Here are some tips for the tree shade motorcycle mechanics among us. I must say that this kind of down and dirty engineering solutions have a special place in my heart. Another day we'll tell you about the thumb(or any finger of preference)-in-spark-plug-hole compression testing.
A washer on a 90 degree mini bracket attached with a screw and a wing nut an inch or so before the end of the exhaust pipe turns a straight pipe into a muffler. The washer angle versus the interior of the pipe adjusts flow through area in the pipe, adding of decreasing resistance. The savage seems to want a bit of resistance so the washer to wall angle is probably 45ish degrees right now.
The Tin Can exhaust weld
The next one I'm even more proud of: a cut open tin can, hose-clamped over the union between the header pipe and the exhaust pipe to seal it. Can be used instead of a weld (it hasn't come apart on us yet). We put a piece of that make-a-gasket sheet inside the tin can but we're not sure if it is really necessary. MacGyver kind of stuff for those of us who don't have a welder (yet).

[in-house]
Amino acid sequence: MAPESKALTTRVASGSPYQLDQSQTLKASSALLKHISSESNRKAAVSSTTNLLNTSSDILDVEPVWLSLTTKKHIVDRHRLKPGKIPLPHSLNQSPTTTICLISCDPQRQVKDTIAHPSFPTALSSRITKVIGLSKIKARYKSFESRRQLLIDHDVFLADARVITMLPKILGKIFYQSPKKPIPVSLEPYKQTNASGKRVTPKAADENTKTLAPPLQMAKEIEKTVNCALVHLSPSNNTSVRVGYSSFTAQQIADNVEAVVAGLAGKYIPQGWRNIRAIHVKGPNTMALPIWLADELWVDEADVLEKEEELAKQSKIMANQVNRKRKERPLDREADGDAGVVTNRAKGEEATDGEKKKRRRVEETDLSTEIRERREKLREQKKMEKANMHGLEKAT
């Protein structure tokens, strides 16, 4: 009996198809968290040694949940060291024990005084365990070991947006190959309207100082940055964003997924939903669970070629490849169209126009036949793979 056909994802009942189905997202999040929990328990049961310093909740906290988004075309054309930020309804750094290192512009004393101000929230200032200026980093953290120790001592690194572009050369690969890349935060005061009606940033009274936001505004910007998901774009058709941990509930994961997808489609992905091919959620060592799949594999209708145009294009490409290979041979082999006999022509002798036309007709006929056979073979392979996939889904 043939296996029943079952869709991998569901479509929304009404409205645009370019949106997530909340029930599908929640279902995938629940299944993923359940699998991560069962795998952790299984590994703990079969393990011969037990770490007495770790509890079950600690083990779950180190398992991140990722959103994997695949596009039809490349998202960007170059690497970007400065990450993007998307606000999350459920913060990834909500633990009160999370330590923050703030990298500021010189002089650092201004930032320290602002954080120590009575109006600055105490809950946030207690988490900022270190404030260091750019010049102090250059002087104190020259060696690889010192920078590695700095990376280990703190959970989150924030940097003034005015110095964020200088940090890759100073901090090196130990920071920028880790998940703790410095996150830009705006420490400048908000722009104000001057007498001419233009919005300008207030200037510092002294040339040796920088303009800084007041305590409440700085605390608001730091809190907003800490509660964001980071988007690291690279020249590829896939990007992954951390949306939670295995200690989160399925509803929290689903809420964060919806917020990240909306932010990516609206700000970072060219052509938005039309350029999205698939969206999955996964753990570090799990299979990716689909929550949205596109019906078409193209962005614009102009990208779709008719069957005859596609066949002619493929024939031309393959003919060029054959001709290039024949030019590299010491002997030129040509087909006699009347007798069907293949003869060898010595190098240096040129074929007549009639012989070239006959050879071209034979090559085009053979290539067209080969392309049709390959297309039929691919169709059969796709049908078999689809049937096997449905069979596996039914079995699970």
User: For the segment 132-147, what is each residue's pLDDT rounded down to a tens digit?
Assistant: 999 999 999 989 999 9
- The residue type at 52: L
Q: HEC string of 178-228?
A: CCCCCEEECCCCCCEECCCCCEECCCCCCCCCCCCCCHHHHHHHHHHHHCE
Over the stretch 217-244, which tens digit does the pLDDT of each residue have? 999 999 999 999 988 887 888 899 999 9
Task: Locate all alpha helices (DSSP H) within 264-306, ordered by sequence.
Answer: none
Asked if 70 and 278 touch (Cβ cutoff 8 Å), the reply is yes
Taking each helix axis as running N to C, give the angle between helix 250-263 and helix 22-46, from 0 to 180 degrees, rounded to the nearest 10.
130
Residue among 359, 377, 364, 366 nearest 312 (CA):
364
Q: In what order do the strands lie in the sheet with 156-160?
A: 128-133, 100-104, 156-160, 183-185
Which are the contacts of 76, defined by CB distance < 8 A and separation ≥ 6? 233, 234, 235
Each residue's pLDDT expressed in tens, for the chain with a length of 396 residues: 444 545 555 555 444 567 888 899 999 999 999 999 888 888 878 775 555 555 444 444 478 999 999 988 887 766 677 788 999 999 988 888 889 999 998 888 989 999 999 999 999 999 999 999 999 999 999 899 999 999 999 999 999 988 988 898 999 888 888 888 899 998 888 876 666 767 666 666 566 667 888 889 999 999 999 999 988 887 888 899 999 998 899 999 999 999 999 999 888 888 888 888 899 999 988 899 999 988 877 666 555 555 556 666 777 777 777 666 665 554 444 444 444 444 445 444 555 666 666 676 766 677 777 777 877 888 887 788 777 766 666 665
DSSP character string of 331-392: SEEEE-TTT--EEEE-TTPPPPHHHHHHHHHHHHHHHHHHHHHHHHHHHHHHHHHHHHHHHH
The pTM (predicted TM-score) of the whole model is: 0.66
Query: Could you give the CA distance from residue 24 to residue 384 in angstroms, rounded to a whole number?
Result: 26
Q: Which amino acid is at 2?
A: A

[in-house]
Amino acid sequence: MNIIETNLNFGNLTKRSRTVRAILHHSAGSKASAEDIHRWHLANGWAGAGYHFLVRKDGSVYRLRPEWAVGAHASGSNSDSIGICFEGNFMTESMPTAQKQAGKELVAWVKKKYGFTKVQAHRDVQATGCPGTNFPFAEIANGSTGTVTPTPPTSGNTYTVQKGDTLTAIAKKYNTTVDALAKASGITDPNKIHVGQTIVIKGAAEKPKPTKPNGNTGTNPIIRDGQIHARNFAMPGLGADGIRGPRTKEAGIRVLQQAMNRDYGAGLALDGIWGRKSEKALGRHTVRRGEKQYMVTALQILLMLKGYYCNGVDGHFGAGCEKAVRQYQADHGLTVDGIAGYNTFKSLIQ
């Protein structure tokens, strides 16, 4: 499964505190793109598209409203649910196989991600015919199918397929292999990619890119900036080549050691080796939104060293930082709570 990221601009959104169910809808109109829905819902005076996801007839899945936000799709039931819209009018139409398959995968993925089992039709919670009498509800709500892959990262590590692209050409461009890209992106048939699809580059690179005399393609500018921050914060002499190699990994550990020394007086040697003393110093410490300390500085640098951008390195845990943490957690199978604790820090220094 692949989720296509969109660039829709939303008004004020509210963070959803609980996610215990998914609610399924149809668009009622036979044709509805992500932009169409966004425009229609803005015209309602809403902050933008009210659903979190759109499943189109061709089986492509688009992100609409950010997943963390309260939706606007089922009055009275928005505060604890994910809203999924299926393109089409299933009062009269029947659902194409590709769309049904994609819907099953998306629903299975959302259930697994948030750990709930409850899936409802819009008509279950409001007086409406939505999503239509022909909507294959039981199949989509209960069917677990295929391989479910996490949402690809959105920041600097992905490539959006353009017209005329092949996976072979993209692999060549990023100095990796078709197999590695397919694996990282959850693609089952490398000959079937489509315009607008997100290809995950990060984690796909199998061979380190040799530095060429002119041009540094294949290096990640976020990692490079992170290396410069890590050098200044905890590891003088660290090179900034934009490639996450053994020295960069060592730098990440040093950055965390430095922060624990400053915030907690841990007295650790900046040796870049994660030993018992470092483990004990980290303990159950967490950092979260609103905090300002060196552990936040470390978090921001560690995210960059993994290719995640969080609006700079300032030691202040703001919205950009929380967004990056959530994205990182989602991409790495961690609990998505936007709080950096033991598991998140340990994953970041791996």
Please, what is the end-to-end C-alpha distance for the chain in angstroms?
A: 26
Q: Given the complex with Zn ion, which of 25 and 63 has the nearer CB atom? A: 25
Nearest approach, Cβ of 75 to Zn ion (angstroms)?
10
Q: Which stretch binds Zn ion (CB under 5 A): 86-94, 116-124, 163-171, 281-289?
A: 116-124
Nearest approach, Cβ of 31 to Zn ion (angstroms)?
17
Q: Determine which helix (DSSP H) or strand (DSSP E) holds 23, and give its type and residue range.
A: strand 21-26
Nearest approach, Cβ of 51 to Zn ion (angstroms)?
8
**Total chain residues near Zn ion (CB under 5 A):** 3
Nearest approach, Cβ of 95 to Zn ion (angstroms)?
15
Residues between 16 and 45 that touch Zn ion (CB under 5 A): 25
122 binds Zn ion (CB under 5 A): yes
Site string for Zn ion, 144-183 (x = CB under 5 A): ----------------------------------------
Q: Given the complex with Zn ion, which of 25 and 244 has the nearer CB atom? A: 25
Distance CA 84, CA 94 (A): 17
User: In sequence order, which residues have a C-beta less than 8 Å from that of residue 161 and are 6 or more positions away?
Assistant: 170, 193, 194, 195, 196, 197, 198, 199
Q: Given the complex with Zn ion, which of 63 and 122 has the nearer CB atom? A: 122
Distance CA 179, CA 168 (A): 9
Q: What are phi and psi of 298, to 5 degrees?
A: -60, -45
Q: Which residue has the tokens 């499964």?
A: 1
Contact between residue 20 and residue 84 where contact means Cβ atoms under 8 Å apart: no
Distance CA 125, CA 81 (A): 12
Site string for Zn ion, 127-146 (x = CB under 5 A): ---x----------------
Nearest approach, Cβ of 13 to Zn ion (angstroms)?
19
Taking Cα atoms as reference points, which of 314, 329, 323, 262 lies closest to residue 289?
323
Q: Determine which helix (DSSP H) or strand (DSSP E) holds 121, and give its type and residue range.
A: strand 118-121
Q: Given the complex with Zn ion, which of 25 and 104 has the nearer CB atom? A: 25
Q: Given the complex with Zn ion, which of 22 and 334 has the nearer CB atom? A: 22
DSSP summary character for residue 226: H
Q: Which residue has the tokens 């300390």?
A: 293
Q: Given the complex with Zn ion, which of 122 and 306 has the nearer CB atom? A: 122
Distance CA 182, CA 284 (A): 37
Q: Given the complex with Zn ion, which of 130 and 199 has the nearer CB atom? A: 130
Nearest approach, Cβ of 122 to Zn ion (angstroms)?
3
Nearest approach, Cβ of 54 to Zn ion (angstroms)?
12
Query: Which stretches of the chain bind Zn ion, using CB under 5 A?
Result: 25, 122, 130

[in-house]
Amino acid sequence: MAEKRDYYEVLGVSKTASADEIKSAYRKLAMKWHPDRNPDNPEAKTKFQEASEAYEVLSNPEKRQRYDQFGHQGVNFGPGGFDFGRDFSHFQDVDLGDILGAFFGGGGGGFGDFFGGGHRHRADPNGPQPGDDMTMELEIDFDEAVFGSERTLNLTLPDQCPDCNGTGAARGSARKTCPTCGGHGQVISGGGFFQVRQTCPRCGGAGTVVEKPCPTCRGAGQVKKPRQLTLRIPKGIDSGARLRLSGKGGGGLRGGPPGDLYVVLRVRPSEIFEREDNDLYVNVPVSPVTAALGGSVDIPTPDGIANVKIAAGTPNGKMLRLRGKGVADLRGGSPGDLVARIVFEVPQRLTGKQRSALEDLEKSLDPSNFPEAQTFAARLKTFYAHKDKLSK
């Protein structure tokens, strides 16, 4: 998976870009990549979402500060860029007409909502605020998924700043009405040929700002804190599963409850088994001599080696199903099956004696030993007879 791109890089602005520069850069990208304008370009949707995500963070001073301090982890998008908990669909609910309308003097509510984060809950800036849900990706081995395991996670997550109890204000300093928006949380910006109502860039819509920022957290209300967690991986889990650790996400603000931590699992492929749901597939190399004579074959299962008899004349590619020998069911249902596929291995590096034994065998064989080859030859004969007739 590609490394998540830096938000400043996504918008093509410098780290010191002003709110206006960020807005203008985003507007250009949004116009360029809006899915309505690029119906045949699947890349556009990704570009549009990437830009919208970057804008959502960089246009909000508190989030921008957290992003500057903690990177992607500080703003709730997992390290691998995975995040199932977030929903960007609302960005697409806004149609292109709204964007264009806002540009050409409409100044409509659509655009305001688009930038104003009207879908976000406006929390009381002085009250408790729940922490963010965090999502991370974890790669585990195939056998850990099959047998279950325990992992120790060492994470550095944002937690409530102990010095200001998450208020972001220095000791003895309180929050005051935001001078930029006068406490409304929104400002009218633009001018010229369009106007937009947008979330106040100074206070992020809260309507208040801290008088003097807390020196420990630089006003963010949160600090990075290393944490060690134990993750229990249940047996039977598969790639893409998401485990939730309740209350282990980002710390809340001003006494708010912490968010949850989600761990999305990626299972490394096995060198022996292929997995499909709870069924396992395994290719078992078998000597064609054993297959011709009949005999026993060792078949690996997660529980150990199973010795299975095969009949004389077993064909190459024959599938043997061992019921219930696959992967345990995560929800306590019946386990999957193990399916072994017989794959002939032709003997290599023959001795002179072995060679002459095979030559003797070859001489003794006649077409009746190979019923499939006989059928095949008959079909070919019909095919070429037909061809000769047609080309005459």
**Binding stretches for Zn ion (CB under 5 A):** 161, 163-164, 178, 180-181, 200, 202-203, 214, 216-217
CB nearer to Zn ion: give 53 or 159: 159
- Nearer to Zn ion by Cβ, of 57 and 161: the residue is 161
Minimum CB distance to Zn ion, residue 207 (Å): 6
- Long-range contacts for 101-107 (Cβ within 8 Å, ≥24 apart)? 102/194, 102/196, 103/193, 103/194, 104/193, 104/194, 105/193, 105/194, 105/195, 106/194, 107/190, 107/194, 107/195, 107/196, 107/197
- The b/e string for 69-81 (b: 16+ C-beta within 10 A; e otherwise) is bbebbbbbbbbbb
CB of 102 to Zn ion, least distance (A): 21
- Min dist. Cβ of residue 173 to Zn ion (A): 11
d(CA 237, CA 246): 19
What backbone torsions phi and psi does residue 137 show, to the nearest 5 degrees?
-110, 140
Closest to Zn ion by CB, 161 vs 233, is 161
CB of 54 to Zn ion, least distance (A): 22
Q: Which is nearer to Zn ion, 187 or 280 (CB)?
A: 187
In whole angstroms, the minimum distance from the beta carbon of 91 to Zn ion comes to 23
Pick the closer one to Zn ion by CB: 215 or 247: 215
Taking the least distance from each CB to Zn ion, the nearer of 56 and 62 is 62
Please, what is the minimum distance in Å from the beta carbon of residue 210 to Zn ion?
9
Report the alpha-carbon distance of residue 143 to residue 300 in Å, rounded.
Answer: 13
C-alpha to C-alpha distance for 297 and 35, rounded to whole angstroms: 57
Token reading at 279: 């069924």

The 10 peso skid plate / headlight guard fix
10 peso (0.75 USD) skid plate and headlight guard. I bought a piece of this, umm, net or whatever it is from the guy who sells left over metal junk (my new favourite store here in Guanajuato). It was 10 pesos for a foot wide and yard or so long piece which was about enough for a skid plate (more like skid net, but it will take a firm blow) and a headlight guard. For coolness and offroadness alike. I attached the skid plate with some wire and the headlight guard with a screw and a couple of zip-ties.
The 10 peso luggage rail
Another 10 peso junk yard fix; the luggage rail. I bought a piece of iron that I was able to bend by hand and bent a rail that keeps my saddle bag out of the rear wheel. The rail was bolted onto the rear mud guard. You can't see the rail in this picture because of the bag, but imagine a u-shaped thingy. Well, actually you can see part of it, it's the brownish thing behind the rear shock. The saddle bag itself is from work. Despite the hideous mirrors, she already looks meaner than just about any stock Harley, don't you think?
I took her and wifey out for a ride today and she ran fine. The regulator / rectifier change a couple of weeks ago seems to have fixed the charging issue and changing the starter solenoid seems to have fixed the voltage drop issue on startup as well as the current drain that left the battery dead. She started up fine, as soon as I found a loose cable on the solenoid. Before that, it was all cursing.
She did die on us a couple of times on the way back. For some time, I've been thinking about re-jetting the carburetor and the dying adds to that idea. Possibly, she's running lean, which makes her run hot. And there was a bit of back firing going on before she died out, another indicator of a lean condition. I'll try to find bigger jets this week.